Tennessee LB Lathers puts pain behind him
Forgive Tennessee linebacker Herman Lathers if he doesn't fret too much over a strained quadriceps muscle that has limited him for much of the preseason.
Lathers already has overcome far greater maladies.
The fifth-year senior spent much of his youth battling bone cancer. He fought that disease with the same tenacity he now uses to fight off blockers. Just as he was developing into one of Tennessee's most reliable defenders, Lathers fractured his left ankle and missed the entire 2011 season.
Now that Lathers finally has a chance to return, he doesn't plan to let an aching quad keep him off the field. Although the injury has limited him during the preseason, Lathers expects to be ready Friday when the Volunteers open their season against North Carolina State at the Georgia Dome.
''I'm real eager,'' Lathers said. ''I'll have a whole lot of jitters. I've just got to calm myself down before the game. I know I've been here before, been in a big game before. I just have to calm myself down and play ball.''
Lathers' teammates are equally antsy to see him back in action. His return should make linebacker a position of strength for Tennessee's defense.
While Lathers sat out last season, linebackers A.J. Johnson and Curt Maggitt cracked the starting lineup as freshmen. They enter their sophomore seasons as the Volunteers' top two returning tacklers. New Vols defensive coordinator Sal Sunseri has said Maggitt and Johnson ''might be the finest young linebackers that I have ever coached.''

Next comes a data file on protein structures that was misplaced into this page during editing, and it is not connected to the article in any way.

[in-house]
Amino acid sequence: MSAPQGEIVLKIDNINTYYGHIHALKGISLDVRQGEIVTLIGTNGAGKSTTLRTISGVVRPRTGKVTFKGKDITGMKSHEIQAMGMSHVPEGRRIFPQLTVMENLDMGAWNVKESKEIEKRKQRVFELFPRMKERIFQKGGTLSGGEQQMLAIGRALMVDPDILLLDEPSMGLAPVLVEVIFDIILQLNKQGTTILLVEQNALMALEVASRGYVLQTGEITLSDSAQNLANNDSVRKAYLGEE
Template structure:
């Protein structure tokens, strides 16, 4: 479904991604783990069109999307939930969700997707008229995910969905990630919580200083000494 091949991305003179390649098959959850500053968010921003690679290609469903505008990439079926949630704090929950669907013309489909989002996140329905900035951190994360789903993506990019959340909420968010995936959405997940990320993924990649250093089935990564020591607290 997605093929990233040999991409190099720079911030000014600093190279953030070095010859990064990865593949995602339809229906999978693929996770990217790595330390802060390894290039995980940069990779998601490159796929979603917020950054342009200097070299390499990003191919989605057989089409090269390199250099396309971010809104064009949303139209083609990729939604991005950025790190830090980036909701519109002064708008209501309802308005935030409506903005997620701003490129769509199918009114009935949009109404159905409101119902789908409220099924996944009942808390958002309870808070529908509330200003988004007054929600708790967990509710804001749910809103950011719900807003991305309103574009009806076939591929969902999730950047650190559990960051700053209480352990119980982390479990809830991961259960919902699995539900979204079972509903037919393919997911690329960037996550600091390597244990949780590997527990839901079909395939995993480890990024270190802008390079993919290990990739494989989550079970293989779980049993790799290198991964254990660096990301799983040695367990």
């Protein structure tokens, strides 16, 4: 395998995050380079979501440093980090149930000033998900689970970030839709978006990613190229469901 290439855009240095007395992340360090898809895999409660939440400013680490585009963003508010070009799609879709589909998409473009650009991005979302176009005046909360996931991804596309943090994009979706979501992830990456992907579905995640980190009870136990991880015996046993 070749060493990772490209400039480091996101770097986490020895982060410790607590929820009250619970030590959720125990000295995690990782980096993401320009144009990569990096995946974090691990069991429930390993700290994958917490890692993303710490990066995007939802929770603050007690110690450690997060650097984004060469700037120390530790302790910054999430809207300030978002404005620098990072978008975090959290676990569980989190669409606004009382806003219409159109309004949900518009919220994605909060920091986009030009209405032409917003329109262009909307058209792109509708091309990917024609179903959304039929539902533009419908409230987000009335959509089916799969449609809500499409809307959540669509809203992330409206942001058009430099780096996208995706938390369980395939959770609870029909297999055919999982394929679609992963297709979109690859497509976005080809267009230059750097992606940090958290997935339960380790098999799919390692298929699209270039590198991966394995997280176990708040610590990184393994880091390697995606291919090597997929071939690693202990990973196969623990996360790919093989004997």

Lathers' comeback ought to aid their development.
''It's fair to say if Herman is healthy, that is one of our strengths,'' Tennessee coach Derek Dooley said. ''That is the strength of our defense because Curt, Herman and A.J. have all proven that they can play good, winning football in this league. No other position has that, in fact, on the whole team. Nobody else has gone 12 games and proven they can be good. That's a strength, but we need to keep them healthy because depth is a real concern.''
Staying healthy has been a major issue for Lathers.
Lathers said he was about 10 years old when he got diagnosed with cancer. He spent five years receiving treatment and wondering if he'd ever get to play the game he loved.
''When I was going through it, I didn't think it was a possibility I'd ever play any sports,'' Lathers said. ''Once I got free of it and actually started playing sports, it was a dream come true.''
Lathers' physical problems have continued at Tennessee.
He had his spleen removed. He underwent shoulder surgery. Then came the ankle injury.
''It's helped me realize that football's a game of injuries,'' Lathers said. ''You're going to get injured. You can't let one injury slow you down and let one injury change your whole mood about playing football. It helped me a lot, helped me cope with a lot of things. Now I'm able to just help inspire my teammates who are going through injuries.''
When he's been healthy, Lathers has made a difference. Lathers moved into the starting lineup midway through his redshirt freshman season in 2009 and ranked second on the team with 75 tackles in 2010.
Lathers provides experience to a defense that remains relatively young. Lathers is the only projected senior starter in Tennessee's front seven.
''His maturity is probably the most important thing,'' Sunseri said. ''He is a guy who is very smart and very sharp, so his leadership skills are very important. He is going to get people lined up and he is going to be able to make plays.''
Lathers' leadership could prove essential in helping Tennessee make the transition from a 4-3 defense to a 3-4 alignment under Sunseri, who spent the last three years coaching Alabama's linebackers. Lathers' teammates marvel at the hours he spends studying film.
''If any of the linebackers have questions, you can ask Herm,'' junior linebacker Channing Fugate said. ''He will help you with anything. He really is smooth. He knows the playbook in and out, and he knows a lot, so we look to him if we have a question on the field.''
Lathers savors the opportunity to answer those questions on the field instead of on the sideline.